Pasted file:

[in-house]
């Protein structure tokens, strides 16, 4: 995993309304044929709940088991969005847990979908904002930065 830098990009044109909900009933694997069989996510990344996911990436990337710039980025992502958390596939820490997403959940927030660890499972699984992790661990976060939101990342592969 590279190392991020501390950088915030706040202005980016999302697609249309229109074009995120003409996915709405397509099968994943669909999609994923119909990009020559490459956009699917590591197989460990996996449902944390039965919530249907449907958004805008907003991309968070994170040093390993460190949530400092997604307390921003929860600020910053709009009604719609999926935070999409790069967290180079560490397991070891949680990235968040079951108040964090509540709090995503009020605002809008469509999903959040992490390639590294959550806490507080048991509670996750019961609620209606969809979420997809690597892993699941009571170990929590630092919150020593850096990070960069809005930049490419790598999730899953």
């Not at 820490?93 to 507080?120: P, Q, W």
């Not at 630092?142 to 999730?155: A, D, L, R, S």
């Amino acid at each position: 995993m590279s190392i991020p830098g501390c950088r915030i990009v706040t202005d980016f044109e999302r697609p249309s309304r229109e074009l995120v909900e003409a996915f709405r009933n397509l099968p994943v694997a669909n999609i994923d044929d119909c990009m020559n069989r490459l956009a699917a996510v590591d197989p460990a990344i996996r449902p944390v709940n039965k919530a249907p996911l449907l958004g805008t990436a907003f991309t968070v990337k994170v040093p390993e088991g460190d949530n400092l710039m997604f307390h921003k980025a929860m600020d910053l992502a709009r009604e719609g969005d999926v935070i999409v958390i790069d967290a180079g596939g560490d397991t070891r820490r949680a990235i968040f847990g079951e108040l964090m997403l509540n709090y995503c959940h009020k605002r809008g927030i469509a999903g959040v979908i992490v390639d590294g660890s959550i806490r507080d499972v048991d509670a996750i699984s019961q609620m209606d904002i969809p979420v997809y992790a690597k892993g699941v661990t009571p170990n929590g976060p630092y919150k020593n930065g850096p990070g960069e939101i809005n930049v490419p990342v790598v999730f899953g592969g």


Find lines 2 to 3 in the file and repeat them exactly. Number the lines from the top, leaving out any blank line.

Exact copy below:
């Protein structure tokens, strides 16, 4: 995993309304044929709940088991969005847990979908904002930065 830098990009044109909900009933694997069989996510990344996911990436990337710039980025992502958390596939820490997403959940927030660890499972699984992790661990976060939101990342592969 590279190392991020501390950088915030706040202005980016999302697609249309229109074009995120003409996915709405397509099968994943669909999609994923119909990009020559490459956009699917590591197989460990996996449902944390039965919530249907449907958004805008907003991309968070994170040093390993460190949530400092997604307390921003929860600020910053709009009604719609999926935070999409790069967290180079560490397991070891949680990235968040079951108040964090509540709090995503009020605002809008469509999903959040992490390639590294959550806490507080048991509670996750019961609620209606969809979420997809690597892993699941009571170990929590630092919150020593850096990070960069809005930049490419790598999730899953």
């Not at 820490?93 to 507080?120: P, Q, W």